Faces from Yemen's Revolution: Mothers in kitchens support Yemen’s revolution
“The cardboard is my cooking gas, and my fan too. The regime switched off the power and made the gas disappear, thinking that this would change our minds about the revolution. But in fact, no: this just makes us more resistant,” Mohamed said.
When Yemen’s uprising began last February, her son, a 2nd year university student studying economics at the University of Hodeida, was among 50 people who initially set up the anti-government protest camp in Hodeida, remaining up to now one of the leading activists at the square.
Despite her fear that her son could be killed by pro-government thugs or security forces during marches against the regime, she still prepares cakes and other homemade foods for her son and his colleagues at Freedom Square in Hodeida. He has been camping there for about eight months.
Mulook, who lives in an underdeveloped and remote area of Hodeida, found peaceful revolution to be the real solution for the oppression she has encountered in her life. She has lived under the Local Council Authority, whose members are mostly influential tribal leaders loyal to Saleh’s regime.
“I stood with this revolution because of the repression and injustice in my area,” she said. “I had to be silent otherwise, they would hurt me more. I couldn’t speak my mind about wrongdoings, or they would intimidate me.”
However, her loyalty to the revolution has made her vulnerable to harmful rumors by Saleh supporters. Rumors were spread that she had held a party to celebrate the assassination attempt made against Saleh early last June.
“They [Saleh’s supporters] kept spreading rumors about me in an effort to bend my position, but I say to them that this is our chance to retrieve our dignity,” she said.
“They also accused me of participating with men in protests, whereas in fact I have never attended any protest, neither with men nor with women,” she added.
Her son, who camps out at Change Square, withstood a kidnapping attempt by National Security Police last April while traveling from college to Hodeida’s Freedom Square.
“They have been scaring my mum, for I might lose my life in the protest. A group of pro-Saleh women visited her at home and told her ‘your son is going to be killed, so why don’t you just call him to come back home and stop protesting’.” She replied: “I have four sons and If he is killed, I will send the others to protest,” relayed her son in a telephone call with the Yemen Times.
“Her strong words really affected me. It showed that she is aware of the revolution’s goals.” He added: “We want to live with dignity or die.”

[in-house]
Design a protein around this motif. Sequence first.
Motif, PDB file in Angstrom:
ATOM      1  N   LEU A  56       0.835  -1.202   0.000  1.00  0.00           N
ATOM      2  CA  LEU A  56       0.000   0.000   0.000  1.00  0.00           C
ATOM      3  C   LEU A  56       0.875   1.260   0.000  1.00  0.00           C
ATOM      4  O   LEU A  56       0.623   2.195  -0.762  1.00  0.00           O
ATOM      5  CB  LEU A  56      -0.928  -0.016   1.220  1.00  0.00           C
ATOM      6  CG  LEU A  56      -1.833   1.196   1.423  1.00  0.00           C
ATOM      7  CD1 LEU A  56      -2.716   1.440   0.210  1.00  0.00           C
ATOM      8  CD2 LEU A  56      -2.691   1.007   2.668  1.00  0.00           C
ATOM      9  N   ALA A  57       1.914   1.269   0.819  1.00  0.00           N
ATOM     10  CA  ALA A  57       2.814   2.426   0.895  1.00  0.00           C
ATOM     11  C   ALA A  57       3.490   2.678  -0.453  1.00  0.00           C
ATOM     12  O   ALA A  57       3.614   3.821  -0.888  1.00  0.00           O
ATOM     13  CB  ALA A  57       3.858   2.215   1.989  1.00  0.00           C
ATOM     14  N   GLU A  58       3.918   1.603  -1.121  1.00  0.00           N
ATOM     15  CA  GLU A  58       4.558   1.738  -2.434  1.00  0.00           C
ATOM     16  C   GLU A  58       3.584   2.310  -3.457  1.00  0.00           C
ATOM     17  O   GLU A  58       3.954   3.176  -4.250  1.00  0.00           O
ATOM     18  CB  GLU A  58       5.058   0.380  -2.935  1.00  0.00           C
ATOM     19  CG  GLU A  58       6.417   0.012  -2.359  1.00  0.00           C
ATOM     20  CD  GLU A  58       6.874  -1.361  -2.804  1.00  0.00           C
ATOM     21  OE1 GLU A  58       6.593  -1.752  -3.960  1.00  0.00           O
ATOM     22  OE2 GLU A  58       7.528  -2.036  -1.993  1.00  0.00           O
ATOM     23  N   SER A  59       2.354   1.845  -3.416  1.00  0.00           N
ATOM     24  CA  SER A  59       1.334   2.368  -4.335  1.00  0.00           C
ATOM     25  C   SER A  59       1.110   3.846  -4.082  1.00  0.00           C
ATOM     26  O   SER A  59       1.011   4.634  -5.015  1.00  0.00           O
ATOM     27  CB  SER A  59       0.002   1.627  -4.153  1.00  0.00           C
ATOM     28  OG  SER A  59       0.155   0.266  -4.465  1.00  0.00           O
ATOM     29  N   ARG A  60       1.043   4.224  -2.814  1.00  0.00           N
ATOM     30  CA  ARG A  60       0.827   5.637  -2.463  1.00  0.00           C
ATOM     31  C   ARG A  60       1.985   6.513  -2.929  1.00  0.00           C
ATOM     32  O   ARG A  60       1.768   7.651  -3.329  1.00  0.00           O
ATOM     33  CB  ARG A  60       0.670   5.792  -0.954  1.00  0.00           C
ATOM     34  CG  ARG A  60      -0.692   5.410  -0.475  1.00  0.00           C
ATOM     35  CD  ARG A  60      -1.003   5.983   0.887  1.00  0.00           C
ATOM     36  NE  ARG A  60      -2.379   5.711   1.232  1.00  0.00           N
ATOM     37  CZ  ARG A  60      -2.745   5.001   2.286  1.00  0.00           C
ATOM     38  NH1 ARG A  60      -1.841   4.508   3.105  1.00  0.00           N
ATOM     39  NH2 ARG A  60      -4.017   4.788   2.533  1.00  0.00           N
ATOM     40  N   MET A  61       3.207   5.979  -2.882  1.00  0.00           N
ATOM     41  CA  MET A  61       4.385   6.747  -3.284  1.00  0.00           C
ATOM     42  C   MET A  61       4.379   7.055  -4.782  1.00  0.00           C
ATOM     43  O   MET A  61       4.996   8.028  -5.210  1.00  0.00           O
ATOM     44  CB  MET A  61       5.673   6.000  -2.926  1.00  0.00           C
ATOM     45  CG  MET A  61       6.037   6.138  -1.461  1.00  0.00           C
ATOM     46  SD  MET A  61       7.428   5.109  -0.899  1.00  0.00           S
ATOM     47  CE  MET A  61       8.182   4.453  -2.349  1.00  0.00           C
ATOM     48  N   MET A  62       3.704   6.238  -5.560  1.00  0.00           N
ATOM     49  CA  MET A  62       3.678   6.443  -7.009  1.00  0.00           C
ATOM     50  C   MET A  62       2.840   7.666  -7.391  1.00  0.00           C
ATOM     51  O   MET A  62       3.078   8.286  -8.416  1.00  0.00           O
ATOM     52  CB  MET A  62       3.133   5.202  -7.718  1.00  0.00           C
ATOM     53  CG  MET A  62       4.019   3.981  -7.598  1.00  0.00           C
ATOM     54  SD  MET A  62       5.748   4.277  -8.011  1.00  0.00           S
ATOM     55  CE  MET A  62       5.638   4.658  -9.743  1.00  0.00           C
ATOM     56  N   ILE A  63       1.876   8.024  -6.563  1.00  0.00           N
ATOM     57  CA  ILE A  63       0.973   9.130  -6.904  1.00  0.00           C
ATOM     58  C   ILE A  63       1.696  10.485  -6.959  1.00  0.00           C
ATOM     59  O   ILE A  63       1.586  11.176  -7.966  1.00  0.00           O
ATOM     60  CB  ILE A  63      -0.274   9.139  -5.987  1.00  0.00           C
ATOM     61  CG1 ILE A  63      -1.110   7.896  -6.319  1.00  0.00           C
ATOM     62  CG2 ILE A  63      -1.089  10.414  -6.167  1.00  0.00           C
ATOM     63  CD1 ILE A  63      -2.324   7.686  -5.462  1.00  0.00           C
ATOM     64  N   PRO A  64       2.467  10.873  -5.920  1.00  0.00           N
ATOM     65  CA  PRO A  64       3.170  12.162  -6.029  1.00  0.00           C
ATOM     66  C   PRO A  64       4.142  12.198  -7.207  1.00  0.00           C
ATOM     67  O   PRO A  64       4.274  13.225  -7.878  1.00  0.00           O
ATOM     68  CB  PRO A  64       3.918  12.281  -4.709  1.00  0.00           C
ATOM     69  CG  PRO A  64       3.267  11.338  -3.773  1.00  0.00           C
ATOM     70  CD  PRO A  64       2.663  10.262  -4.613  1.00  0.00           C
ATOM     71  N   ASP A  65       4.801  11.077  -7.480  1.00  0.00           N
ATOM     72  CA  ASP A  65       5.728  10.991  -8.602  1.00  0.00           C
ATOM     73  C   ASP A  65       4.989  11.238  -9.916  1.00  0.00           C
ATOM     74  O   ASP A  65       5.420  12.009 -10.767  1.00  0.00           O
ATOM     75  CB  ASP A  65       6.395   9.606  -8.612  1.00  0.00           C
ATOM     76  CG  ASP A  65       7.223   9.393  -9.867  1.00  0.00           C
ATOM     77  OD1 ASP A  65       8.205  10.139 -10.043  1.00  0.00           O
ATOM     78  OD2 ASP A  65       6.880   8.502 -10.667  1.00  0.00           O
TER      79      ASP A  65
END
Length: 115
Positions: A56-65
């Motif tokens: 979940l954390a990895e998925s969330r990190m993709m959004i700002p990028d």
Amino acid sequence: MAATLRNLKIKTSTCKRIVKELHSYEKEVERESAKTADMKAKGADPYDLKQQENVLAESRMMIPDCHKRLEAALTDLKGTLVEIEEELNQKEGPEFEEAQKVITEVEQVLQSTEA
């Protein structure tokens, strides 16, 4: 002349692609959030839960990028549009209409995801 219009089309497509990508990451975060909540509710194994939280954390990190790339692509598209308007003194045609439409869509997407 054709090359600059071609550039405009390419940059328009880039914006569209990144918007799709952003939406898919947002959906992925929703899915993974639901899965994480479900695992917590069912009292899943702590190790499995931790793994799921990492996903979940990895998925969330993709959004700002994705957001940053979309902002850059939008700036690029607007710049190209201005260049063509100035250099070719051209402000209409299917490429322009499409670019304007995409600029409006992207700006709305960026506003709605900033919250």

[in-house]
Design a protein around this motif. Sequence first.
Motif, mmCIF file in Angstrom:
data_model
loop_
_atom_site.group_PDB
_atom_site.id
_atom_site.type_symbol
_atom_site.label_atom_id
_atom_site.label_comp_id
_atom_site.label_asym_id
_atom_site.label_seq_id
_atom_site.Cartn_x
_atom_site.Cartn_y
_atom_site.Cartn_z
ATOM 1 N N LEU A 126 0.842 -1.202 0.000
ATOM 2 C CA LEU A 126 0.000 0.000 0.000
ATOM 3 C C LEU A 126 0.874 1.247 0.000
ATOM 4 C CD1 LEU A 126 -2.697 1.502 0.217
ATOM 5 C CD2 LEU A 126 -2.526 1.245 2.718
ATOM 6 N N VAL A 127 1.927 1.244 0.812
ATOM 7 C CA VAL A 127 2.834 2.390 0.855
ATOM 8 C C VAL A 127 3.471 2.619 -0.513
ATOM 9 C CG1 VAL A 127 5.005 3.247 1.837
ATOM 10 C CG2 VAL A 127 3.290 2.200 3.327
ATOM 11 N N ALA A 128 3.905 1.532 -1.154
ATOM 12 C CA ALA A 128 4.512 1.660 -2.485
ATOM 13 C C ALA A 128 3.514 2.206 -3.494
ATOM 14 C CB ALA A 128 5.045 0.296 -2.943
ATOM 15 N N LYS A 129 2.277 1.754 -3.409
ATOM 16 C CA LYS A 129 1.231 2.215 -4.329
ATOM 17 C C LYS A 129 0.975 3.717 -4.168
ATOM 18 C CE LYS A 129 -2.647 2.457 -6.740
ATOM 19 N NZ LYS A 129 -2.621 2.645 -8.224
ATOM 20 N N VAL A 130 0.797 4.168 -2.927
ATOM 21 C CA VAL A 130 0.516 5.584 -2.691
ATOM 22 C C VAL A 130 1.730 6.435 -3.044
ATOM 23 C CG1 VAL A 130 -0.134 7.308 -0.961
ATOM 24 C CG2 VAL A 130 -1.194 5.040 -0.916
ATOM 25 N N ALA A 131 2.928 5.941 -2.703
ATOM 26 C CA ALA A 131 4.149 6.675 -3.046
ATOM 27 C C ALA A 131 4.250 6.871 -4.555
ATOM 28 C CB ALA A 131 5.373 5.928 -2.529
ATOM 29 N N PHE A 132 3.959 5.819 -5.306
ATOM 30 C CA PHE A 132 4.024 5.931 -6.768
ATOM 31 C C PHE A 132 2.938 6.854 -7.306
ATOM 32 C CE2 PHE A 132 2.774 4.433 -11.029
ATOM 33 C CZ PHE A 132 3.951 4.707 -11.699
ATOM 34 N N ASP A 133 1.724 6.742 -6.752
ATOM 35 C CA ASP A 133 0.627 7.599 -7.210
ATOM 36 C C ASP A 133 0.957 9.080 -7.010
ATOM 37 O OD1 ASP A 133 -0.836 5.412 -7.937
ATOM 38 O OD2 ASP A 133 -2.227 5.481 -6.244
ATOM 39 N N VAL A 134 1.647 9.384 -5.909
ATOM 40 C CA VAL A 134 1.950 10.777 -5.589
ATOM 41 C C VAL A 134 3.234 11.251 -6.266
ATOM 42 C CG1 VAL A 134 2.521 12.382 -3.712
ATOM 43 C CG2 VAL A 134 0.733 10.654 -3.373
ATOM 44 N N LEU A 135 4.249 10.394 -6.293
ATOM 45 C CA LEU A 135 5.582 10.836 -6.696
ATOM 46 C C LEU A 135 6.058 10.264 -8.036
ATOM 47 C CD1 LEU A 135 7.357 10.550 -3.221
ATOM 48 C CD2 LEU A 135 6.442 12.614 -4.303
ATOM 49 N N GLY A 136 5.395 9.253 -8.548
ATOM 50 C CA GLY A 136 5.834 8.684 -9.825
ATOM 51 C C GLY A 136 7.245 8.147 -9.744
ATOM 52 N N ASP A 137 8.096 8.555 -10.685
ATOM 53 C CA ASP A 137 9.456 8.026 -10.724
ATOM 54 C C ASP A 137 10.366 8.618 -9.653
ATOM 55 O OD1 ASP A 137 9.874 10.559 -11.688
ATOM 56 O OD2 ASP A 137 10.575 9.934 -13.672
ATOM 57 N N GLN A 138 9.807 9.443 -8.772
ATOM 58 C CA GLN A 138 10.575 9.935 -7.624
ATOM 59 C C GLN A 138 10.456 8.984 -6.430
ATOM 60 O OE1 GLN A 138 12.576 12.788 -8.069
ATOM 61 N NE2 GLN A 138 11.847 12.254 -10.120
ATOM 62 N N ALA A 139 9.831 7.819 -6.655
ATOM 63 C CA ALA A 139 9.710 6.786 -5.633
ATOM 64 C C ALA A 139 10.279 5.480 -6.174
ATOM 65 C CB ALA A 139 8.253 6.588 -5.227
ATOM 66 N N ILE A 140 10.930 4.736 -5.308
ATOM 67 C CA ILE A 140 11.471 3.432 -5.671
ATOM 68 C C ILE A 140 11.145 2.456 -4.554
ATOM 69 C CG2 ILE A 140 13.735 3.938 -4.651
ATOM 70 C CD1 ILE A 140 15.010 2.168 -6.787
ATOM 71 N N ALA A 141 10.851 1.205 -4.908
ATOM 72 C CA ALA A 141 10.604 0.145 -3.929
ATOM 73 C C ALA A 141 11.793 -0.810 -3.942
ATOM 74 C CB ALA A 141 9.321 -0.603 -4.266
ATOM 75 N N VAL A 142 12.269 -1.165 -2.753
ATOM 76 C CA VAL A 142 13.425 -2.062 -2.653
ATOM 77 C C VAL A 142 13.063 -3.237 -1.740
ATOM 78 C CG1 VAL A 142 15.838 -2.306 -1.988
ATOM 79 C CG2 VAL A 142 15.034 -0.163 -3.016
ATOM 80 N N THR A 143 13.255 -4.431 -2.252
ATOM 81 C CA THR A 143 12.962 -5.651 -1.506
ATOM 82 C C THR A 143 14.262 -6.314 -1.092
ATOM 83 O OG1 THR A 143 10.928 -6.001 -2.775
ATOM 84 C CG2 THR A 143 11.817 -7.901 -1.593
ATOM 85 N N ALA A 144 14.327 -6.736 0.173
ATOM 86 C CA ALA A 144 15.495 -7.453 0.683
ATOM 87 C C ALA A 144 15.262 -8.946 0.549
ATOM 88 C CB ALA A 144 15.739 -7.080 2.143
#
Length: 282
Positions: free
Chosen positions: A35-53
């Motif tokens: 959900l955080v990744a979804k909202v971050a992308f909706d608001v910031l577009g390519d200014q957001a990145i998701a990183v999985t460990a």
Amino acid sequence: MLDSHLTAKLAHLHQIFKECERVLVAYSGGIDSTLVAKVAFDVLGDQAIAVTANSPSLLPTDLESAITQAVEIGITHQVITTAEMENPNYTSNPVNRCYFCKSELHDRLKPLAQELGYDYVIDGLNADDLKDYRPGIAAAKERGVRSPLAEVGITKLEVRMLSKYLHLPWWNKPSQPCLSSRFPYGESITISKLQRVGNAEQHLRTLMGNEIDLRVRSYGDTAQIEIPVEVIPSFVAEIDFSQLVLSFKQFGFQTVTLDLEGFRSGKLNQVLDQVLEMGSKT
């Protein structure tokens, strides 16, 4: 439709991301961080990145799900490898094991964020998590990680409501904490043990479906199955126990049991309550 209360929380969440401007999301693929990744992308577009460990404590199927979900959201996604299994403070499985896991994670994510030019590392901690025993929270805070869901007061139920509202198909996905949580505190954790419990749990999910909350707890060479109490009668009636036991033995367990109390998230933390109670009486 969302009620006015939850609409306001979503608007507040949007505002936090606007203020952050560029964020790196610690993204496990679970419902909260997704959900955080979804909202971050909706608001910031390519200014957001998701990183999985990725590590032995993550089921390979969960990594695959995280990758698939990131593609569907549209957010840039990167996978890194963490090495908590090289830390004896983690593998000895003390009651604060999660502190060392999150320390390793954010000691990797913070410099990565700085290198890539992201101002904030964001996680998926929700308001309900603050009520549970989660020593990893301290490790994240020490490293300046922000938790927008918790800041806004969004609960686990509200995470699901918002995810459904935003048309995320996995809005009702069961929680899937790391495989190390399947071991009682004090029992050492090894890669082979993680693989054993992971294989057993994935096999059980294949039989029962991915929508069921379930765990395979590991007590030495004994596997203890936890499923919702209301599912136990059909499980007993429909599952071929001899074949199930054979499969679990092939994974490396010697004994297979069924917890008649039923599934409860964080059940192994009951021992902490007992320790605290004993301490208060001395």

Women protect Change Square, Sana’a
The roles of Yemeni women have not been confined to cooking and supporting protesters from home. They have also been involved in protecting Change Square by volunteering at checkpoints to frisk incoming female visitors or participants for weapons as they enter the protest camp.
Lutfya Ghalab, a female protest activist, told the Yemen Times that since the uprising broke out and the youth set up their tents last February, she and 80 other female volunteers have been guarding the 40 entrances that lead to Sana’a’s Change Square.
“We are securing the square from any potential threats. Women as well as men were offering assistance to injured people and patients in Change Square’s field hospital,” Ghalab said.
Ghalab explained that other women volunteer to prepare breakfasts and other quick meals for patients, as well as tea for protesters.
“I think it is a duty for all of us to support the youth revolution and put an end to dictatorship and injustice for a better future for Yemen,” she said.
Huda Abdullah, a leading female activist at Sana’a’s Change Square, told the Yemen Times that “the role of Yemeni women in this revolution is a reflection of their significance throughout Yemen’s history.
“The Yemeni woman is brave, patient, hardworking and sacrifices everything for the sake of the homeland,” Abdullah said.
“I know a mother whose 20-year-son was shot dead two weeks ago while he was marching and demanding the prosecution of president Saleh. When she saw him dead, she just ululated and asked that no-one cry, saying her son had achieved martyrdom.”